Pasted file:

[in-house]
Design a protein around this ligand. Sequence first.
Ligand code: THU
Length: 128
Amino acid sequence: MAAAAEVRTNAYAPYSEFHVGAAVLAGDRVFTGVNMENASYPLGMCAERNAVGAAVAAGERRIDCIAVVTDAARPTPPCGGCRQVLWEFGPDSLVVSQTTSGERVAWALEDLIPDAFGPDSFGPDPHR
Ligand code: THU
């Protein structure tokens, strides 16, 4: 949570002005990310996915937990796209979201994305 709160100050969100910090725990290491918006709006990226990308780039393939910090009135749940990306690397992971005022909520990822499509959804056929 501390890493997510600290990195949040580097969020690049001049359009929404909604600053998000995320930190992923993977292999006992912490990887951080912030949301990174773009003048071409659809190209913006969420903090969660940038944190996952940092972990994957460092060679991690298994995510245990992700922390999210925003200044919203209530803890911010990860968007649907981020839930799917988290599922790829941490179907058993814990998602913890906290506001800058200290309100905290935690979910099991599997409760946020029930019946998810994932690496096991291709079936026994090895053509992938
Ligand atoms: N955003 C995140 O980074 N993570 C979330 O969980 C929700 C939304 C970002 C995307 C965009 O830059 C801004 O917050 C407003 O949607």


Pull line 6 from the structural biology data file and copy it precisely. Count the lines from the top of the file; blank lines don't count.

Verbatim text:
Ligand code: THU